Archive for the ‘ Fiction ’ Category

Heart-Barfing: A Dialogue

I’ve been thinking about rejection. The loss of my job (which felt so much like being dumped just because the girl wasn’t “feeling it” it’s almost hilarious), applying for work, and of course the ever-looming dread of romantic… disentanglement? I know it sounds like it runs counter to my renewed effort this year to take value in myself and the things I can offer and accomplish, but it doesn’t. Rejection and acceptance are intimately familiar to each other, and by looking inward at why I’ve internalized rejection for most of my life, I’m hoping to find the answer to how I can internalize its much happier, healthier partner.

My dad never really had the chance to coach me through romantic rejection. He coached me through plenty of other emotional turmoils, but not that particular one. I only went through one major heartbreak in high school, and I never brought that up with him. I’m not sure he would’ve had much insight on the subject: he broke up with every girl he dated before my mom, and even their whirlwind romance could best be described by someone who doesn’t love them as “blandly consensual.” But he would have been their for me, because that was what he did.

So last night, instead of doing any of the things I told myself I was going to do (the dogs got fed and walked, that is a thing that happened, don’t worry), I sat down and wrote this dialogue. Someday I will give this advice to someone, and if I’m actually smart I’ll take it as well.

(Sorry in advance for the schmaltz.)


Son: “Hey Dad.”

Dad: “Uh-oh. The talk with Andy didn’t go quite as you hoped, I take it?”

Son: “Nope.”

Dad: “Scootch over.”

Son: “Dad… why does my chest hurt so much?”

Dad: “That’d be the rejection, buddy.”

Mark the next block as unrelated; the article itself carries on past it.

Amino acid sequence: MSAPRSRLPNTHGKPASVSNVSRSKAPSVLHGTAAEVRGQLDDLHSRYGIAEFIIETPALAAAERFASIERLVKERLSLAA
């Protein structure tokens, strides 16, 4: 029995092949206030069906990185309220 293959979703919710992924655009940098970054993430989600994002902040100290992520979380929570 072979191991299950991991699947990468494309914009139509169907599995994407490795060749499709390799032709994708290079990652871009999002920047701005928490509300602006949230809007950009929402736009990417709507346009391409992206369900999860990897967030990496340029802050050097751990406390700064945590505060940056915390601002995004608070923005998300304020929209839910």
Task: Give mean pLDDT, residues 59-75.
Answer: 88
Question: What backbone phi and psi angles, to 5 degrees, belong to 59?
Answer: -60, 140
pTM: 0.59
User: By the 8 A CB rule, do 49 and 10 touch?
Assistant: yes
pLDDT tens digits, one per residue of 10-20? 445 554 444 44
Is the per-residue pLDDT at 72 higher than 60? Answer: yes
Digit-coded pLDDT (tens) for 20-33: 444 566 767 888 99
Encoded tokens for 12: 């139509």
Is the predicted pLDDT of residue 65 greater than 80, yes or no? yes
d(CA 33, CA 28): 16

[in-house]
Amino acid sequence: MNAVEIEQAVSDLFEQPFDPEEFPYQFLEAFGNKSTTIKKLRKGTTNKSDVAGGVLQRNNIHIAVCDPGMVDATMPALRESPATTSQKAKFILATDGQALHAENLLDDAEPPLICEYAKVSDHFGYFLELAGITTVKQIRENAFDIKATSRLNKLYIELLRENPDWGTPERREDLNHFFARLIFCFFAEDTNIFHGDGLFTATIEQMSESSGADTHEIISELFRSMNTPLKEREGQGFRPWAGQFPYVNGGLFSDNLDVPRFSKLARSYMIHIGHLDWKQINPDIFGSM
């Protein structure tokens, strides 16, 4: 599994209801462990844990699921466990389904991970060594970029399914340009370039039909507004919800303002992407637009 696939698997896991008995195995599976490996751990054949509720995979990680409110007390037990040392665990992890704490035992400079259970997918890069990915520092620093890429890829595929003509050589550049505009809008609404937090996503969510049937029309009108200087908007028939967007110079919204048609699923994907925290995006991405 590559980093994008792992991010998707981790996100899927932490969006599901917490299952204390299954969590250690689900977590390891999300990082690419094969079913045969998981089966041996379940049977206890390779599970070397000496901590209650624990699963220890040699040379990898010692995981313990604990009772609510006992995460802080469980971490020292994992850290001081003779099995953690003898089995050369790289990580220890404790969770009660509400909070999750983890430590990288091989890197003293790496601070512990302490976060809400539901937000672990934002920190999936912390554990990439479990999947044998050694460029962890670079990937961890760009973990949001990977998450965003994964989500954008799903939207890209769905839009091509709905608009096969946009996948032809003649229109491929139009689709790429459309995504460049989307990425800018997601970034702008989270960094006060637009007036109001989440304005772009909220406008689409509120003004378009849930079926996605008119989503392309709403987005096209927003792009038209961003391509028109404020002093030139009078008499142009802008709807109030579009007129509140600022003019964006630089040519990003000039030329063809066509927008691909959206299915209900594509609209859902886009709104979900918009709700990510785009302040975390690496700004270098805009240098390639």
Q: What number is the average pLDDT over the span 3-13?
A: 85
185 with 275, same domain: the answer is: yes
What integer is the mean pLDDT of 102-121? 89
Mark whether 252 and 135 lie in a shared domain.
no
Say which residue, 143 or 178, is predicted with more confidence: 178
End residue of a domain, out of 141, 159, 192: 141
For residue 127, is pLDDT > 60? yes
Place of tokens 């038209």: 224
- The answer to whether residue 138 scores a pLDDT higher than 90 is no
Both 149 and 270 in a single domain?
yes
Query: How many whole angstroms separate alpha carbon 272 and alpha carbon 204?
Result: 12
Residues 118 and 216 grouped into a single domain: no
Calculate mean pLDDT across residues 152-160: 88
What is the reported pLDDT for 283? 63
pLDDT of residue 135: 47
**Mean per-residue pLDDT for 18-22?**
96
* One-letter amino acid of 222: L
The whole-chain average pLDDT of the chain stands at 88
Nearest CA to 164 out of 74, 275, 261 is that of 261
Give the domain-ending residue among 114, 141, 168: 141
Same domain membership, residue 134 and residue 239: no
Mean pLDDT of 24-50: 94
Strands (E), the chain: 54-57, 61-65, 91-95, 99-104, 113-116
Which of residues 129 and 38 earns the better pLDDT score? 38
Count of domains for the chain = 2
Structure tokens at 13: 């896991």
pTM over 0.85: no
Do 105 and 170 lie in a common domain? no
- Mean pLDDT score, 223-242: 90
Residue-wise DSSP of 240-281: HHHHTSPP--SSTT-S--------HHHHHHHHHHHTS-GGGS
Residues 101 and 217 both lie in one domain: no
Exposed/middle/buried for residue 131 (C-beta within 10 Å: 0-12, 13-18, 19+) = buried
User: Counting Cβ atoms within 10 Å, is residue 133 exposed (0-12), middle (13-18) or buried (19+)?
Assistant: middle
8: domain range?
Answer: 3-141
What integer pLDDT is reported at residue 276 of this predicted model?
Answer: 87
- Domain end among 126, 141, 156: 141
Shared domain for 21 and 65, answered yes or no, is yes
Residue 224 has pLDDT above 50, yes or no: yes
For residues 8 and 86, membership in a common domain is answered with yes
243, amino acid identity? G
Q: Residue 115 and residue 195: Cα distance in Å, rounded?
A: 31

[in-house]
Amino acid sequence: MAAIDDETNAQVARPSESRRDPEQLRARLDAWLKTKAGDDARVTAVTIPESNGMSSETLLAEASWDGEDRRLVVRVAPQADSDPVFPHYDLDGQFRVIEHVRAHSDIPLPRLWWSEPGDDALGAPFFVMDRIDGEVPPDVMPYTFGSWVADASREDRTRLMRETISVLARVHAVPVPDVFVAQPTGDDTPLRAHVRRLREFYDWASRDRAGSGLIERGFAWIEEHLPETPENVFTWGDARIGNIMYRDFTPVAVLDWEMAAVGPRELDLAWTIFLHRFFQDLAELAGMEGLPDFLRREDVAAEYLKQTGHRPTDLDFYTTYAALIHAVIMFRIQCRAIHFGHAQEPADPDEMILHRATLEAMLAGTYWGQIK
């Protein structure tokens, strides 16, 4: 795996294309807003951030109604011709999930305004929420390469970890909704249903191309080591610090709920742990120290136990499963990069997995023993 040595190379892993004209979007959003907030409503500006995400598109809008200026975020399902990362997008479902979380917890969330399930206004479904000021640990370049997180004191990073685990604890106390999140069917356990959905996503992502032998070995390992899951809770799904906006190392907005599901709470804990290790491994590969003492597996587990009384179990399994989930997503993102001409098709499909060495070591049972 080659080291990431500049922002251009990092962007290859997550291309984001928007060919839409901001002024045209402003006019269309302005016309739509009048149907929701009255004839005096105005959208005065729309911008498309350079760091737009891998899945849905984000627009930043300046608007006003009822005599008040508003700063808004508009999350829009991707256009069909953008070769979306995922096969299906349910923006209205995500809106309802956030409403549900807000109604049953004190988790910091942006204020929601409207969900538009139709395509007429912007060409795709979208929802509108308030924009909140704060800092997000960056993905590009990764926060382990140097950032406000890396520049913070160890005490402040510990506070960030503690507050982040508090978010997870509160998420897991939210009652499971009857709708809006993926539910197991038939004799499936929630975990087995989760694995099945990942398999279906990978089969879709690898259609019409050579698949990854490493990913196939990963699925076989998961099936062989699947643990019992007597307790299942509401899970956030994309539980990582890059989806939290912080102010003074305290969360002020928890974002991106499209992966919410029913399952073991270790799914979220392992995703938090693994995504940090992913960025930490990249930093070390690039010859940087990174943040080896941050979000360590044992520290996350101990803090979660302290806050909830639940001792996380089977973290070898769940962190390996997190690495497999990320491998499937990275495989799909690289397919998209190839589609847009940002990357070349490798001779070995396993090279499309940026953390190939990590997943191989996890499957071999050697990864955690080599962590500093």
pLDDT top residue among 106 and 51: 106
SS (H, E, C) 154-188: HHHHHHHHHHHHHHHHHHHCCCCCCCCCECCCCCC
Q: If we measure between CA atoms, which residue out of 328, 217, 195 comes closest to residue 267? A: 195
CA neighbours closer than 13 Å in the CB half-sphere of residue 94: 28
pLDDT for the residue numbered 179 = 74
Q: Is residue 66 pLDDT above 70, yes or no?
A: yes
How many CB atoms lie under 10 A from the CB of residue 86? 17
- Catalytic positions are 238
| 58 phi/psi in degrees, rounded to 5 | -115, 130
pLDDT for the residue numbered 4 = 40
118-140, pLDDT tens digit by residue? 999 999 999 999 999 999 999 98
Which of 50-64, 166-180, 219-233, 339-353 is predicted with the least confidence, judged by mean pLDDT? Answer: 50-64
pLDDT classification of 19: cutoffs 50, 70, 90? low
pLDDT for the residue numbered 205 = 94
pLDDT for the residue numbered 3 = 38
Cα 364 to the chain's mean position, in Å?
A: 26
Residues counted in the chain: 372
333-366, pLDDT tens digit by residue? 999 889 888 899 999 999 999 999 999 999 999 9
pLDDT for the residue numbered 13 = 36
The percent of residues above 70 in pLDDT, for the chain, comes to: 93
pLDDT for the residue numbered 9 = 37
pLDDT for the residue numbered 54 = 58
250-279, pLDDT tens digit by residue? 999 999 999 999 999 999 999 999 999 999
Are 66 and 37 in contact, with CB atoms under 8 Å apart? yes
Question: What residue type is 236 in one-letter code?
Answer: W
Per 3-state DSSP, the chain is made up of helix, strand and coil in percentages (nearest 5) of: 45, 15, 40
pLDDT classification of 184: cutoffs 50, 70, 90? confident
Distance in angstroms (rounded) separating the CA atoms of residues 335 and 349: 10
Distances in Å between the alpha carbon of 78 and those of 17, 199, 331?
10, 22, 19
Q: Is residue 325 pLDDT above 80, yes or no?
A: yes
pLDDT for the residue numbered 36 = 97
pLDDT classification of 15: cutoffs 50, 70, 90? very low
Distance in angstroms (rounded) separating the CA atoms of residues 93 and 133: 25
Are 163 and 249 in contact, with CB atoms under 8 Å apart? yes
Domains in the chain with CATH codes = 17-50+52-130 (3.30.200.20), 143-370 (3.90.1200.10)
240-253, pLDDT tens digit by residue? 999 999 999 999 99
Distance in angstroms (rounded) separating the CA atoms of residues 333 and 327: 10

S: “Obviously. But why does my chest actually hurt?”

D: “Well, what’d you do today?”

S: “Tried to figure out what I was going to say to Andy tonight.”

D: “We’re you supposed to write that thank you letter to Grandma?”

S: “Sorry.”

D: “It’s okay. When you were going over what you wanted to say to Andy, how did you feel? In your chest and stomach?”

S: “I dunno. Tight in my chest, and sort of ropey in the rest of me.”

D: “And I bet it got worse when you biked over to his house, right?”

S: “Yeah. ”

D: “That, my darling, is how it feels to be in love. Your chest feels tight because your heart knows you’re in love, and it’s trying to get out of there, to go out into the world to find that person and to be with them and to be accepted by them—”

S: “He said he doesn’t like boys. He said I’m one of his best friends, but he doesn’t like boys and he’s dating Trisha Plevish.”

D: “—and sometimes, if you’re not lucky, the person you want to give it to doesn’t want your heart, or they can’t take it for whatever reason, or they’re only able to accept part of it, which is what it sounds like Andy was trying to tell you. And when that happens, your heart often won’t get the message right away. So it’s still trying to go somewhere, but now it has nowhere to go.”

S: “I feel like I did the night after we went to that restaurant.”

D: “You’re emotionally constipated. Your heart needs to make the biggest barf of its life, but it can’t so now it’s just moody and miserable and gassy.”

S: “That’s fucking gross, Dad.”

D: “Don’t swear. And it’s how you feel, isn’t it?”